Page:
Goth Girl and the Ghost of a Mouse
Goth Girl and the Fete Worse Than Death
Goth Girl and the Wuthering Fright
by Chris Ridell.
Young readers (the alleged intended audience) will probably enjoy them - they're not quite graphic novels, but they have a lot of graphic elements[*], and very silly plots - but well-read, pun-loving adults with a good grounding in literature and contemporary British culture will probably enjoy them even more.
Since I started reading them the air has been punctuated by laughter every now and again when a penny drops. I am halfway through book two, and there seems to be a puddle of pennies at my feet...
And now I shall return to the statue of a sulking-looking seamonster known as 'Mopey Dick'.
[*] extra points for innovative use of footnotes
So, last night, just as we were going to bed, we had a bat invasion. Followed a fun-filled 45 minutes while we convinced the coon cats that it was not their bat, but our bat; got Scrabble back from the Big Dark Outside, when she strolled while we were holding the door open for the bat to exit; and last but not least, I executed a net-throw that would have won applause in any gladiatorial display, and brought the bat down mid-flight, into the shopping bag that Steve was holding ready.
Yes, sometimes we really are that good. The “net” by the way, was a mosquito net meant to be worn over a hat. Here’s a picture.
The bat was taken outside and released, whereupon we went to bed, but the coon cats did not, choosing instead to prowl the house, looking for their bat.
As of this morning, Sleeping with the Enemy: Adventures in the Liaden Universe® Number 22, by Sharon Lee and Steve Miller is available in paper from Amazon only. Here’s your link.
I will be converting the rest of the chapbooks as I have time and energy. Nothing like a firm schedule, am I right?
As of this writing, in addition to Sleeping. . . Change Management: Adventures in the Liaden Universe® Number 23; and Due Diligence: Adventures in the Liaden Universe® Number 24 are also available in digital and paper editions.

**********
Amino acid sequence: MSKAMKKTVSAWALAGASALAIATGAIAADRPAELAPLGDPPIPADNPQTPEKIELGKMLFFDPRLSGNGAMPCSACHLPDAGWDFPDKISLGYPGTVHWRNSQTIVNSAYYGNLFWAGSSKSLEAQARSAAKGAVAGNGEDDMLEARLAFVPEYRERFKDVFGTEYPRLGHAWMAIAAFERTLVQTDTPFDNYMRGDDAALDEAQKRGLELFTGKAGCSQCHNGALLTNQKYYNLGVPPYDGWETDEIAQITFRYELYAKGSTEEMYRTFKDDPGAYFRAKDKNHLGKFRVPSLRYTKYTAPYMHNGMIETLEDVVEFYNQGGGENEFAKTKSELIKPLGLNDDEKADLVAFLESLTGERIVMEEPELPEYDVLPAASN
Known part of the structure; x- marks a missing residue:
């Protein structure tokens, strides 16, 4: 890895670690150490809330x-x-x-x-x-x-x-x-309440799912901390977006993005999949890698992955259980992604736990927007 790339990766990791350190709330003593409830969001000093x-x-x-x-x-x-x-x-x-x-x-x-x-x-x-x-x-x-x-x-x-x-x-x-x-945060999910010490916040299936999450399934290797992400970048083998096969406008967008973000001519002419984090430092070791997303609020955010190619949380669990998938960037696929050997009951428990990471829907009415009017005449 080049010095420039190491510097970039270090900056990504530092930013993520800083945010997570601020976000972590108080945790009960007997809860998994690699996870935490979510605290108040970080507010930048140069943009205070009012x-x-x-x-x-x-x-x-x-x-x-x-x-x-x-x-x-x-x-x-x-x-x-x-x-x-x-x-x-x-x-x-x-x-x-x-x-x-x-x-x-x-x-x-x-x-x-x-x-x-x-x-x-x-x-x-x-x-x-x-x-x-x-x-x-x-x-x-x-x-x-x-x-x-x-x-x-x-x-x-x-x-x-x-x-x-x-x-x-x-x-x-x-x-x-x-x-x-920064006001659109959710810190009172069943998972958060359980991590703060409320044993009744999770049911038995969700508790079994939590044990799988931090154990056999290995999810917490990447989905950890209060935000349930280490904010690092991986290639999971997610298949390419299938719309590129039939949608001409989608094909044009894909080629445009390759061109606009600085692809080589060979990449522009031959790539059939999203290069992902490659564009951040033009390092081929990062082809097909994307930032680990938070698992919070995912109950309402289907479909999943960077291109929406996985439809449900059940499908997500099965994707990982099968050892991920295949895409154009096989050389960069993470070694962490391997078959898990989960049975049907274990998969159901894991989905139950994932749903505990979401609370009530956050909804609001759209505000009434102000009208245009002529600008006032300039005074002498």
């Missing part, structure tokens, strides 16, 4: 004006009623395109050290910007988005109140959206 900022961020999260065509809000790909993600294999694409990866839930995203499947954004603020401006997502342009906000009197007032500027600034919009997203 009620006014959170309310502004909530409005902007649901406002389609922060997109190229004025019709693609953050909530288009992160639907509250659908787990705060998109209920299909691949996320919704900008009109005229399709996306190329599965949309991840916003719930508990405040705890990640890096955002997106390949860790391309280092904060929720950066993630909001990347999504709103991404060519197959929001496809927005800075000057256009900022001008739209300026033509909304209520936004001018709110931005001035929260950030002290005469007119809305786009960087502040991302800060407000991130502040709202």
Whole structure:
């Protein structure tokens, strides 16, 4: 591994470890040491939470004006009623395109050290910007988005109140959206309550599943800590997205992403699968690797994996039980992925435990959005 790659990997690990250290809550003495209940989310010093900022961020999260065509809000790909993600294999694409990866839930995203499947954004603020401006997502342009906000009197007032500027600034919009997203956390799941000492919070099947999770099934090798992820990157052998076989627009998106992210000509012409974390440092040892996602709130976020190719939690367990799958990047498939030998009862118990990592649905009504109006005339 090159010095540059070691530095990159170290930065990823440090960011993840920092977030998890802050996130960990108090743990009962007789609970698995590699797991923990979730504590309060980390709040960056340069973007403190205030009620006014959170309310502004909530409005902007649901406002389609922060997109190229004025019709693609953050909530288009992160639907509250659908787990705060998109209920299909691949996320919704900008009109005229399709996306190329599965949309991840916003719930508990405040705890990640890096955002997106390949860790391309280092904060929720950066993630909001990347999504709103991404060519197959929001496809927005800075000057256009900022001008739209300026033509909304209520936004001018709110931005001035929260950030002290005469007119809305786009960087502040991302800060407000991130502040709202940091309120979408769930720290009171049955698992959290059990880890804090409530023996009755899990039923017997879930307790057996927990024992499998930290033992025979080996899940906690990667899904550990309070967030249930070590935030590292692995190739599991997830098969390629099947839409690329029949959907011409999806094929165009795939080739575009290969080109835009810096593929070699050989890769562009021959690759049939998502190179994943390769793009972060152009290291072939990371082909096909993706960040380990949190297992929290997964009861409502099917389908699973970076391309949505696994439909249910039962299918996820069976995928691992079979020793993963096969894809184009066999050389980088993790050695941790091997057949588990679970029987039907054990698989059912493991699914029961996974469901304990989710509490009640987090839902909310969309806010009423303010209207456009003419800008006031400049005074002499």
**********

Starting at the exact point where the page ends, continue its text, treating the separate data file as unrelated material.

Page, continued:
And, now, having goofed off much of the morning; it’s time to go to work.
See you on the flip-side.
Today’s blog post title brought to you by — of course! — Meatloaf, “Bat out of Hell.” Here’s your link.by
DISCLAIMER: I am not a professional composer! I did not go to conservatory. I am an interested amateur. My background is seven years of more or less classical piano, including a few years at the Houston Music Institute (relevant because they taught some theory and basic composition), a few years of viola, and years of screwing around on basically every instrument I could get my hands on, including three summers of classical guitar, mandolin, soprano recorder, pennywhistle, ocarina, and diatonic and chromatic harmonica. (Harmonicas actually get pretty complicated, more complicated than I personally can deal with--different tunings, cross-harp, slant-harp, etc. I only know the basics. ) This kind of jack-of-all-trades-ism is not great if you want to be a performer, where you really ought to become expert in your chosen instrument(s), but it's not awful if you want to compose.
 To anyone who doubts that the harmonica is a "real" classical instrument, I present to you Villa-Lobos' Concerto for Harmonica and Orchestra with soloist Robert Bonfiglio [Youtube], which is the recording I used to have before the stupid fucking flood. That's a chromatic harmonica, BTW; you can tell because of the use of the chromatic slide in some of the ornaments. More information. I will FIGHT anyone who tells me the harmonica is not a REAL INSTRUMENT.
Further caveat, I am only discussing Western music. I don't know enough about non-Western traditions to tell you anything useful about them. I compose more or less neoclassically because that's what pleases my ear and I feel no need to be innovative in a technical/theoretical sense. (Schoenberg's twelve-tone system is brilliant from a technical/theoretical sense but I cannot usually stand listening to it except in the limited context of certain kinds of film/TV scoring. I wouldn't listen to it for fun.)
And for yucks, I have perfect pitch, which in almost all contexts is either useless or an active hindrance (I am a suck liar and let's just say that I avoid a cappella performances and first-year string players like the plague--there's such a thing as good a cappella, but unless you are Carnegie Hall good I don't want to risk it), but has limited applications in the realm of music, ahahaha. For most applications relative pitch is hell and away more useful. (I actually get interference between relative and perfect pitch, which sucks.)
Anyway, let's talk a little about the fundamentals of music from the standpoint of composing.